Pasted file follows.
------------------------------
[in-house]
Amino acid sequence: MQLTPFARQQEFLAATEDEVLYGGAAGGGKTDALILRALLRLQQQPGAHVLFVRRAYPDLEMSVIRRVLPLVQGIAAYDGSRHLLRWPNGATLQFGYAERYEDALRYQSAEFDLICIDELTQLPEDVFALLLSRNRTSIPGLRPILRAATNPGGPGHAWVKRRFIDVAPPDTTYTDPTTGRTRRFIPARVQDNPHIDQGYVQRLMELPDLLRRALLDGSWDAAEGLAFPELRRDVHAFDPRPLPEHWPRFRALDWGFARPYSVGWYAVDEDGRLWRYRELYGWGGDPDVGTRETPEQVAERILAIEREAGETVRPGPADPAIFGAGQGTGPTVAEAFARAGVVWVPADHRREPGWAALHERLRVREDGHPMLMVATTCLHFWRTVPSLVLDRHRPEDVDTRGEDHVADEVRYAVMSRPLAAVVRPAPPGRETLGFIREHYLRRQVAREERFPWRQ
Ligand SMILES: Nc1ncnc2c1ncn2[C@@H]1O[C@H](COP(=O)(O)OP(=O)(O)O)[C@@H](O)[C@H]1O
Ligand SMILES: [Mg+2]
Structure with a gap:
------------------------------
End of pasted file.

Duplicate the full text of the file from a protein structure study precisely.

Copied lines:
[in-house]
Amino acid sequence: MQLTPFARQQEFLAATEDEVLYGGAAGGGKTDALILRALLRLQQQPGAHVLFVRRAYPDLEMSVIRRVLPLVQGIAAYDGSRHLLRWPNGATLQFGYAERYEDALRYQSAEFDLICIDELTQLPEDVFALLLSRNRTSIPGLRPILRAATNPGGPGHAWVKRRFIDVAPPDTTYTDPTTGRTRRFIPARVQDNPHIDQGYVQRLMELPDLLRRALLDGSWDAAEGLAFPELRRDVHAFDPRPLPEHWPRFRALDWGFARPYSVGWYAVDEDGRLWRYRELYGWGGDPDVGTRETPEQVAERILAIEREAGETVRPGPADPAIFGAGQGTGPTVAEAFARAGVVWVPADHRREPGWAALHERLRVREDGHPMLMVATTCLHFWRTVPSLVLDRHRPEDVDTRGEDHVADEVRYAVMSRPLAAVVRPAPPGRETLGFIREHYLRRQVAREERFPWRQ
Ligand SMILES: Nc1ncnc2c1ncn2[C@@H]1O[C@H](COP(=O)(O)OP(=O)(O)O)[C@@H](O)[C@H]1O
Ligand SMILES: [Mg+2]
Structure with a gap: